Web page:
Monday Morning Blues: The Day We All Woke to News of David Bowie’s Passing

David Bowie passed away today and the tributes to his memory and his art are rushing through and flooding the Internet like a tidal wave.

I still remember the first David Bowie song I ever heard. It was Let’s Dance…a song that is actually incredibly difficult to dance to (if you’re Black). While we had Blondie, Johnny ‘Guitar’ Watson, Michael Jackson (of course) and Sting records in our home, we didn’t have any David Bowie. I don’t have fond memories of putting his LP on our record player, but I do distinctly remember the first time I heard Let’s Dance while channel surfing on the radio. There was something very different about that song – and the artist – from everyone else in music for me. It was the sharpness with which David Bowie delivered his lyrics, simultaneously and luxuriously drawing them out and then dropping them with a quick clatter. The guitar rifts and slight Island flair that set the tone of that particular song. And then there was his accent! I was a small child living in the Mid West, and the deliberateness with which he pronounced his words was completely foreign to me. Turned out it was because he was British. We didn’t have too many of them in Columbus, Ohio.

I decided very early that I liked David Bowie.

Dudes aren't 'supposed' to look like this and still draw legions of female fans. And yet...

Dudes aren’t ‘supposed’ to look like this and still draw legions of female fans. And yet…

By the time we got cable TV – and MTV by extension – my conception of what manhood was supposed to look like had been challenged. Between Prince, David Bowie, Boy George and that one dude who sang You spin me right round, right round, like a record baby, round round round round, I became more comfortable with the idea of a man in drag than 21st century society would turn out to prefer. I believe we all did. How else can Martin Lawrence, Eddie Murphy or the late, great Robin Williams account for their comedic cross-dressing success? I believe any man who gets paid well to dress like a woman owes his kudos to the glam rock legends of the late 70s and 80s, Bowie among them.

He was SO bloody beautiful! Do you remember how you felt when he and Iman announced their marriage? A lot of people found the pairing odd, but it made perfect sense to me. It was only natural that one of the most beautiful men on earth should marry the Earth’s MOST beautiful woman: A goddess. Someone who understood the importance of silk sleeves; and 3 hours to do make up; and the need to secure perfect high heels; and dedication to subtle sexiness. The average woman couldn’t have last 20 minutes in a marriage with David Bowie. Iman shared 24 years with him, only being parted by death. That he died at age 69 – a blush-inducing numerical symbol is strangely fitting. Subversive sexiness!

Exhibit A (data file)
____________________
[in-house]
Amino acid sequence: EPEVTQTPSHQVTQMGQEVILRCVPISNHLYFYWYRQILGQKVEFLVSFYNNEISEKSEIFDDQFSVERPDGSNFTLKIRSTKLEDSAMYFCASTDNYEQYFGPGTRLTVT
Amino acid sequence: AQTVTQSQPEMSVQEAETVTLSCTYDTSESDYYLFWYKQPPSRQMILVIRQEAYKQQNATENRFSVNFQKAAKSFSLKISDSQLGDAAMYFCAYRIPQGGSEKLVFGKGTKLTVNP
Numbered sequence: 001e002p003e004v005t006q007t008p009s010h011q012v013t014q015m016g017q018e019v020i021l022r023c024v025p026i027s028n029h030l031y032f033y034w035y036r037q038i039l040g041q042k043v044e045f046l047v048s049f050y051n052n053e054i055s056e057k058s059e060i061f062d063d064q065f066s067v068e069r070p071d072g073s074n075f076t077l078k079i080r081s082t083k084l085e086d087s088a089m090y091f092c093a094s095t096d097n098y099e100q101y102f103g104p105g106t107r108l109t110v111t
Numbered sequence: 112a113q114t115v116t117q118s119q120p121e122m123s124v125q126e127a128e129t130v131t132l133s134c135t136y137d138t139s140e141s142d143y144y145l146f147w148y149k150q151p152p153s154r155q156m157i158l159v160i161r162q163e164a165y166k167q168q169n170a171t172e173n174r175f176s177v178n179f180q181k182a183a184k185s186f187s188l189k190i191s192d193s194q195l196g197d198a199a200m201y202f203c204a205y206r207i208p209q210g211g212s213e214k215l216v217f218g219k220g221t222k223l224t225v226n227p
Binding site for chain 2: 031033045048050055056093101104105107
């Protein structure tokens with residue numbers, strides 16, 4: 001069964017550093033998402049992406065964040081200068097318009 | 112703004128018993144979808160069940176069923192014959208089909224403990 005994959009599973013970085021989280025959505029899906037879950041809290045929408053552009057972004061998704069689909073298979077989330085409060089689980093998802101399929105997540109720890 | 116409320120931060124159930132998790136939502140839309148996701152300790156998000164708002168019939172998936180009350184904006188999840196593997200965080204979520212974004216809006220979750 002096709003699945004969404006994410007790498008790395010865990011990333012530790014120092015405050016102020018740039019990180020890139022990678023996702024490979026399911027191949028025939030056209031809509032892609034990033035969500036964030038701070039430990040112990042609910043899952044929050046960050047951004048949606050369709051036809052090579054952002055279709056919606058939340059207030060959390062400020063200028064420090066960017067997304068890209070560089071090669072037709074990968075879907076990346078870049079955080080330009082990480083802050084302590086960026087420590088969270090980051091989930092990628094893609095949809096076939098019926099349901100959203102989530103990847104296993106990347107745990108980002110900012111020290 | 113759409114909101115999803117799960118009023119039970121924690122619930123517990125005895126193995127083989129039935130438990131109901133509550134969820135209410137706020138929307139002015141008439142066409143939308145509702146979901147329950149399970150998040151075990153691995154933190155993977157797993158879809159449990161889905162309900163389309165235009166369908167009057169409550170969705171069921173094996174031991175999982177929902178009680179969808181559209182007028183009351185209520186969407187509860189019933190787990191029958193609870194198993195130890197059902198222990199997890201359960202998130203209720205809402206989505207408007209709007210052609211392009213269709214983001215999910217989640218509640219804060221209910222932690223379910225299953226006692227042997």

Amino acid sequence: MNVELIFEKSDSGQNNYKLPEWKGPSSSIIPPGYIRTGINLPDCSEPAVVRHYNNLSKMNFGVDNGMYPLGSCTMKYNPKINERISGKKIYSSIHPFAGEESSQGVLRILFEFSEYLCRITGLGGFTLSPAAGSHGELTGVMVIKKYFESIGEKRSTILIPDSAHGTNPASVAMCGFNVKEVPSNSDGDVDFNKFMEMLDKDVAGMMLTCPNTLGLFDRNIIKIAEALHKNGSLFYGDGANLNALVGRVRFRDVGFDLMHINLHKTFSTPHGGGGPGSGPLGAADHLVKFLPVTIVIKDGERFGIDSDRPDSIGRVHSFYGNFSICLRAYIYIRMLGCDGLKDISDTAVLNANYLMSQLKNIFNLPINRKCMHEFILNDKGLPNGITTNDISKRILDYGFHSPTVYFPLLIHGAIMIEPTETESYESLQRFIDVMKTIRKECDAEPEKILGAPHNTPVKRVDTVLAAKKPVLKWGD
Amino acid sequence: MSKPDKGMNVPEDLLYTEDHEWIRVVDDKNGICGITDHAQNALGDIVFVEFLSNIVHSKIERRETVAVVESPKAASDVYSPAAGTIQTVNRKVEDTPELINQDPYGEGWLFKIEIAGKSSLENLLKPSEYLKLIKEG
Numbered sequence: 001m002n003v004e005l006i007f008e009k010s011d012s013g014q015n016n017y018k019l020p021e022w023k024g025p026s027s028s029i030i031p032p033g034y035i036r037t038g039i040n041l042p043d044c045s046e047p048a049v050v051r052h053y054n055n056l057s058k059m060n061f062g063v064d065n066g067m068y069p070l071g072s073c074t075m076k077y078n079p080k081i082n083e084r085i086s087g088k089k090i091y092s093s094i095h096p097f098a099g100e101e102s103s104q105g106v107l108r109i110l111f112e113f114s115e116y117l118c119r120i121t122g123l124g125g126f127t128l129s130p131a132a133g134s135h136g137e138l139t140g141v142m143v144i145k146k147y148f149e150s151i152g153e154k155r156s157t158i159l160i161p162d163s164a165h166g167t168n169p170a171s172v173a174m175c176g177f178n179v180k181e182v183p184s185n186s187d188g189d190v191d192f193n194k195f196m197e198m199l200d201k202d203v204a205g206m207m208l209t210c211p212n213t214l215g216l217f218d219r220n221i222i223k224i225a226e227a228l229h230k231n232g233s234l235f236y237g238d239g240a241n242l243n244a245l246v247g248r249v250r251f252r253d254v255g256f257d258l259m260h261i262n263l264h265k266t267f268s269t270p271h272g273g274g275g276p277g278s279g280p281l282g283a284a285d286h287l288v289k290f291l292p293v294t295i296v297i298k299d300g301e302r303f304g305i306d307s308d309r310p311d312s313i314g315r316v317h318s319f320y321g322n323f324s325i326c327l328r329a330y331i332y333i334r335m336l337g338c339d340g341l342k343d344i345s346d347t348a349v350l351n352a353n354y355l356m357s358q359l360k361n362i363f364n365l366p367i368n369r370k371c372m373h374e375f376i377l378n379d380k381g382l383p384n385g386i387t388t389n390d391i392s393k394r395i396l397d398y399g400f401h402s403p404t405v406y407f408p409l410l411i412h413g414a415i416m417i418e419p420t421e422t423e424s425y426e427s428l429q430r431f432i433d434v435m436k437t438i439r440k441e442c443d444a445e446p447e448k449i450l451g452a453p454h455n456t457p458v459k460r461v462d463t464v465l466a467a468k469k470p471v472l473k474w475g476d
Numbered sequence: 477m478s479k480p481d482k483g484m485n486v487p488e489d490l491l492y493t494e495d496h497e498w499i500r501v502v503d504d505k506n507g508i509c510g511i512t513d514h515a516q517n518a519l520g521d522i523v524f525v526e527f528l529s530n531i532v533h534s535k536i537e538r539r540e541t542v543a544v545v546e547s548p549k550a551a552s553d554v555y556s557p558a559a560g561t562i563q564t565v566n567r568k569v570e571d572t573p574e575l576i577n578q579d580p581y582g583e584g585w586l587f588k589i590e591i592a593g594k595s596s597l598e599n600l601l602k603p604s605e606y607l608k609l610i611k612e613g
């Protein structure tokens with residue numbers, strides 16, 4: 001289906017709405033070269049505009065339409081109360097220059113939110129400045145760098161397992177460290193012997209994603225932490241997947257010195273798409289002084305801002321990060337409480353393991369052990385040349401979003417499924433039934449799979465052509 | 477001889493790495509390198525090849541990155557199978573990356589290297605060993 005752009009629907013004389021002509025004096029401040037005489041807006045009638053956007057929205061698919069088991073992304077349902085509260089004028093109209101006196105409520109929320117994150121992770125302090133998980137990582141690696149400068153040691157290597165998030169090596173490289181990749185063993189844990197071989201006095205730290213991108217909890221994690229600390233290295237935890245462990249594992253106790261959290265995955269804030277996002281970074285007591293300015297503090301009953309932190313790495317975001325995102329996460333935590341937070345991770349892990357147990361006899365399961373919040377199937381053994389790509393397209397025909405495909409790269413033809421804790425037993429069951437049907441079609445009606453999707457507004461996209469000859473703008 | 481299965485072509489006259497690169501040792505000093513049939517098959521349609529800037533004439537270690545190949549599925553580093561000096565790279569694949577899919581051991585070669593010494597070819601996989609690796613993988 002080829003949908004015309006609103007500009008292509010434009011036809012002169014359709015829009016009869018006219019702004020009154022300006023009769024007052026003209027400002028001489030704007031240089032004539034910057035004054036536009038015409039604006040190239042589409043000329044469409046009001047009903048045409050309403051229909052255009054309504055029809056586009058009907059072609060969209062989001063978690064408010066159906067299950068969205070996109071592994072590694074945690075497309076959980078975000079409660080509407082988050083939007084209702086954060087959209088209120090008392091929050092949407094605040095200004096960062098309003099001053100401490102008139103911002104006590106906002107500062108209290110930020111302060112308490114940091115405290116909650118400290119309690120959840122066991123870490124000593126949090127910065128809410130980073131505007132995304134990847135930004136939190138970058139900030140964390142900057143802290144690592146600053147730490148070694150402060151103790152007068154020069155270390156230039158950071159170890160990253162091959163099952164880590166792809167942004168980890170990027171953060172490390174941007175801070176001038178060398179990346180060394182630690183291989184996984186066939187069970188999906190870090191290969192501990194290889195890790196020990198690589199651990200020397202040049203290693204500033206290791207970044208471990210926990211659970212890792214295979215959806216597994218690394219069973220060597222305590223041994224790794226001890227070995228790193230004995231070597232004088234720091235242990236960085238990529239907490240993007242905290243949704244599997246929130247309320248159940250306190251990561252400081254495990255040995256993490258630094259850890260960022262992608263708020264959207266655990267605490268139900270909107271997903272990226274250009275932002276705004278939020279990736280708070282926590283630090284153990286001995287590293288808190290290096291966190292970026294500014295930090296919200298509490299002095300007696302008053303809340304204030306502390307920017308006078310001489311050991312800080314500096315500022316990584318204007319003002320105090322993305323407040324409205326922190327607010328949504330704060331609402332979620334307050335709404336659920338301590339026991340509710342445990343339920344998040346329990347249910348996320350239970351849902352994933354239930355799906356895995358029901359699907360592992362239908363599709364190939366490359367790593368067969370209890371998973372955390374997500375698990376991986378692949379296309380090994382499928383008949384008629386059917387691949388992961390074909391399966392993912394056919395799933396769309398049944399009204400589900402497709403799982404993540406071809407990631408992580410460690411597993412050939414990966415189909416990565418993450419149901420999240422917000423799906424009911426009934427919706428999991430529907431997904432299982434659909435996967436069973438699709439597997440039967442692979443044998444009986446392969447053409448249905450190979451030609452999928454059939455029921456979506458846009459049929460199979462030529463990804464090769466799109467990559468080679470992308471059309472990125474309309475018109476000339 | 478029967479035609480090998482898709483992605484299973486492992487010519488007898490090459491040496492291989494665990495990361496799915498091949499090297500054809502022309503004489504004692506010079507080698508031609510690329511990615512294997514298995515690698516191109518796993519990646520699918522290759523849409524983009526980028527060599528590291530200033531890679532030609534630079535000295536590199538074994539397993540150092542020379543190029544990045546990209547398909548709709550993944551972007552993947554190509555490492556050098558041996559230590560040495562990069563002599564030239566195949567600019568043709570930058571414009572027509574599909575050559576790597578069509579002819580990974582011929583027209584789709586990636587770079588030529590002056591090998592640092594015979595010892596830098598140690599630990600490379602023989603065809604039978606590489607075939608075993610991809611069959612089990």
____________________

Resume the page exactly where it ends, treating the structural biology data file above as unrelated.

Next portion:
I can’t get over the shock of David Bowie’s passing. I had no idea he had been sick. In my mind, he was still as vibrant and healthy as he was when I last saw him, which was about 3 weeks ago. I was watching ‘The Labyrinth’, a movie co-starring Jennifer Connelly and one of my favorite childhood flicks. He was in a blond wig and leather chaps, singing , growling and glaring into the camera in all his Bowie-ness. Honestly, I thought he would be immortal… which is silly, given that we all have a scheduled appointment with Death. Still…


There has only been one celebrity death that has shocked me to this degree, and that was the untimely passing of Michael Jackson. He was robbed of his life when he still had so much more to give, planning tours and what not before his light was snuffed out. I suppose David Bowie was more fortunate as he could see his last days looming and was able to plan ahead. He had us – those who appreciated his art and his bold effervescence – in mind even until the moment he took his last breaths. As I understand it, he released an album of 7 songs just this past Friday. Music critics have called it his “parting gift”.

I also wonder if David Bowie had a gauge on how many people he inspired through his music and life. On the outside, his very existence was art itself. From his refusal to conform to cultural norms, to his performances, to the way he challenged the status quo, he was art in motion. Very few of us get to live that way: to live out our convictions, not without fear, but rather with bravery. He was a true global icon, and that’s not something one attains by taking the safe road.


As the tributes come rushing in, we will take note of those made by Madonna, Kanye, Sting and a hoard of other celebrities. But David Bowie meant so much to so many other people. He was precious to 80’s and 90s kids who grew up in remote villages in India, bustling capitals in Africa and the odd 50-something glam rebel in Romania who probably still rocks out to the first ever Bowie album s/he heard to this day.

He was by no means the perfect man (which of us is?), but there is a lot that can be learned from watching his life. Everyone’s life has some value. For me, David Bowie’s life encourages us to be extraordinary. Don’t be afraid to question. Explore new risks. Leave them speechless when you walk into a room and set tongues wagging when you walk out. Live a life that’s worthy to be remembered…and fondly enough to inspire people to forgive your mistakes.

What was the first David Bowie song you ever heard? And better still, do you remember your first reaction when you saw him on TV or on a poster? What a weird way to start the week…